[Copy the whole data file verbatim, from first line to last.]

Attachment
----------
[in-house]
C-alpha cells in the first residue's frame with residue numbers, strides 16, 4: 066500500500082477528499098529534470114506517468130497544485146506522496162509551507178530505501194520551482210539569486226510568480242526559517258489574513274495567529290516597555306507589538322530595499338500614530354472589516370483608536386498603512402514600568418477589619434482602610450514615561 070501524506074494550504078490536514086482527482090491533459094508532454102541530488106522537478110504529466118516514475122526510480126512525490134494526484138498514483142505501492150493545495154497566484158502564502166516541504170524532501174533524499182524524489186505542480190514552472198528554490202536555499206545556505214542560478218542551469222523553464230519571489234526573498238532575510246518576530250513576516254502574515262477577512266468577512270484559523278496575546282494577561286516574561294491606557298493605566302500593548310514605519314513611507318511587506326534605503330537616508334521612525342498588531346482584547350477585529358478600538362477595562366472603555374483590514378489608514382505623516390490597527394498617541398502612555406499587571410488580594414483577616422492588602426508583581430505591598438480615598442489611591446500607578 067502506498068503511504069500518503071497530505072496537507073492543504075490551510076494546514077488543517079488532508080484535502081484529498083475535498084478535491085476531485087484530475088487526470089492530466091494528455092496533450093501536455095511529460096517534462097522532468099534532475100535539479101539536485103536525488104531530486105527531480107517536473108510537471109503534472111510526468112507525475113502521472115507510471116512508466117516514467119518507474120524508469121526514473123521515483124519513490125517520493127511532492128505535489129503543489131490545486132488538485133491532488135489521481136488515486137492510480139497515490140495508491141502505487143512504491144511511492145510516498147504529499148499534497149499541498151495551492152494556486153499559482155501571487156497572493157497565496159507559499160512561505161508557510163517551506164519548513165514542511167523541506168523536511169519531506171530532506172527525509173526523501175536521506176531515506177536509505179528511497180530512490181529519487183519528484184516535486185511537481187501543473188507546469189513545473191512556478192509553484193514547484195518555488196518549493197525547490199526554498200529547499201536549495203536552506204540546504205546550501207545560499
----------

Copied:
[in-house]
C-alpha cells in the first residue's frame with residue numbers, strides 16, 4: 066500500500082477528499098529534470114506517468130497544485146506522496162509551507178530505501194520551482210539569486226510568480242526559517258489574513274495567529290516597555306507589538322530595499338500614530354472589516370483608536386498603512402514600568418477589619434482602610450514615561 070501524506074494550504078490536514086482527482090491533459094508532454102541530488106522537478110504529466118516514475122526510480126512525490134494526484138498514483142505501492150493545495154497566484158502564502166516541504170524532501174533524499182524524489186505542480190514552472198528554490202536555499206545556505214542560478218542551469222523553464230519571489234526573498238532575510246518576530250513576516254502574515262477577512266468577512270484559523278496575546282494577561286516574561294491606557298493605566302500593548310514605519314513611507318511587506326534605503330537616508334521612525342498588531346482584547350477585529358478600538362477595562366472603555374483590514378489608514382505623516390490597527394498617541398502612555406499587571410488580594414483577616422492588602426508583581430505591598438480615598442489611591446500607578 067502506498068503511504069500518503071497530505072496537507073492543504075490551510076494546514077488543517079488532508080484535502081484529498083475535498084478535491085476531485087484530475088487526470089492530466091494528455092496533450093501536455095511529460096517534462097522532468099534532475100535539479101539536485103536525488104531530486105527531480107517536473108510537471109503534472111510526468112507525475113502521472115507510471116512508466117516514467119518507474120524508469121526514473123521515483124519513490125517520493127511532492128505535489129503543489131490545486132488538485133491532488135489521481136488515486137492510480139497515490140495508491141502505487143512504491144511511492145510516498147504529499148499534497149499541498151495551492152494556486153499559482155501571487156497572493157497565496159507559499160512561505161508557510163517551506164519548513165514542511167523541506168523536511169519531506171530532506172527525509173526523501175536521506176531515506177536509505179528511497180530512490181529519487183519528484184516535486185511537481187501543473188507546469189513545473191512556478192509553484193514547484195518555488196518549493197525547490199526554498200529547499201536549495203536552506204540546504205546550501207545560499